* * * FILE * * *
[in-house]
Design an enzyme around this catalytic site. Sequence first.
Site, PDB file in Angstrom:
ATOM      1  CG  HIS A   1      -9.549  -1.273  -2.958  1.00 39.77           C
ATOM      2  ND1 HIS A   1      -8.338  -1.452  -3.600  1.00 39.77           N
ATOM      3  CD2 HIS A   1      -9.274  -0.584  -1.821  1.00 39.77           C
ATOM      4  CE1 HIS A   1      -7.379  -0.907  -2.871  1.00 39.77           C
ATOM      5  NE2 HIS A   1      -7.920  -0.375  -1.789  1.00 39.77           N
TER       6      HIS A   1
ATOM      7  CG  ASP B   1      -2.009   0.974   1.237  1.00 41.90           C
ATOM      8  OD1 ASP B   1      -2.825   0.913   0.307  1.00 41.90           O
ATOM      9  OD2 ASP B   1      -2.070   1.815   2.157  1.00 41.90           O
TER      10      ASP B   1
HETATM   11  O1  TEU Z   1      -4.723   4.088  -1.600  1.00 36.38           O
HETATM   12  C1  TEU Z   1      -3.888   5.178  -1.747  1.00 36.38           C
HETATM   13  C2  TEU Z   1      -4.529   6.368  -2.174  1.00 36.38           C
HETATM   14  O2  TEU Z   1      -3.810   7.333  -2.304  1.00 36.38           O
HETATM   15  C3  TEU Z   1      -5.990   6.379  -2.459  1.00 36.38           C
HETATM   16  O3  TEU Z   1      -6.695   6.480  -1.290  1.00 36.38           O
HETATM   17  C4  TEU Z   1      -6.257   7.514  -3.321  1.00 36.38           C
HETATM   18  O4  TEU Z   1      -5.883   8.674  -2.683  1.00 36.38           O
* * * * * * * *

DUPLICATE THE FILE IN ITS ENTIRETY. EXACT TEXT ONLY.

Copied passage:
[in-house]
Design an enzyme around this catalytic site. Sequence first.
Site, PDB file in Angstrom:
ATOM      1  CG  HIS A   1      -9.549  -1.273  -2.958  1.00 39.77           C
ATOM      2  ND1 HIS A   1      -8.338  -1.452  -3.600  1.00 39.77           N
ATOM      3  CD2 HIS A   1      -9.274  -0.584  -1.821  1.00 39.77           C
ATOM      4  CE1 HIS A   1      -7.379  -0.907  -2.871  1.00 39.77           C
ATOM      5  NE2 HIS A   1      -7.920  -0.375  -1.789  1.00 39.77           N
TER       6      HIS A   1
ATOM      7  CG  ASP B   1      -2.009   0.974   1.237  1.00 41.90           C
ATOM      8  OD1 ASP B   1      -2.825   0.913   0.307  1.00 41.90           O
ATOM      9  OD2 ASP B   1      -2.070   1.815   2.157  1.00 41.90           O
TER      10      ASP B   1
HETATM   11  O1  TEU Z   1      -4.723   4.088  -1.600  1.00 36.38           O
HETATM   12  C1  TEU Z   1      -3.888   5.178  -1.747  1.00 36.38           C
HETATM   13  C2  TEU Z   1      -4.529   6.368  -2.174  1.00 36.38           C
HETATM   14  O2  TEU Z   1      -3.810   7.333  -2.304  1.00 36.38           O
HETATM   15  C3  TEU Z   1      -5.990   6.379  -2.459  1.00 36.38           C
HETATM   16  O3  TEU Z   1      -6.695   6.480  -1.290  1.00 36.38           O
HETATM   17  C4  TEU Z   1      -6.257   7.514  -3.321  1.00 36.38           C
HETATM   18  O4  TEU Z   1      -5.883   8.674  -2.683  1.00 36.38           O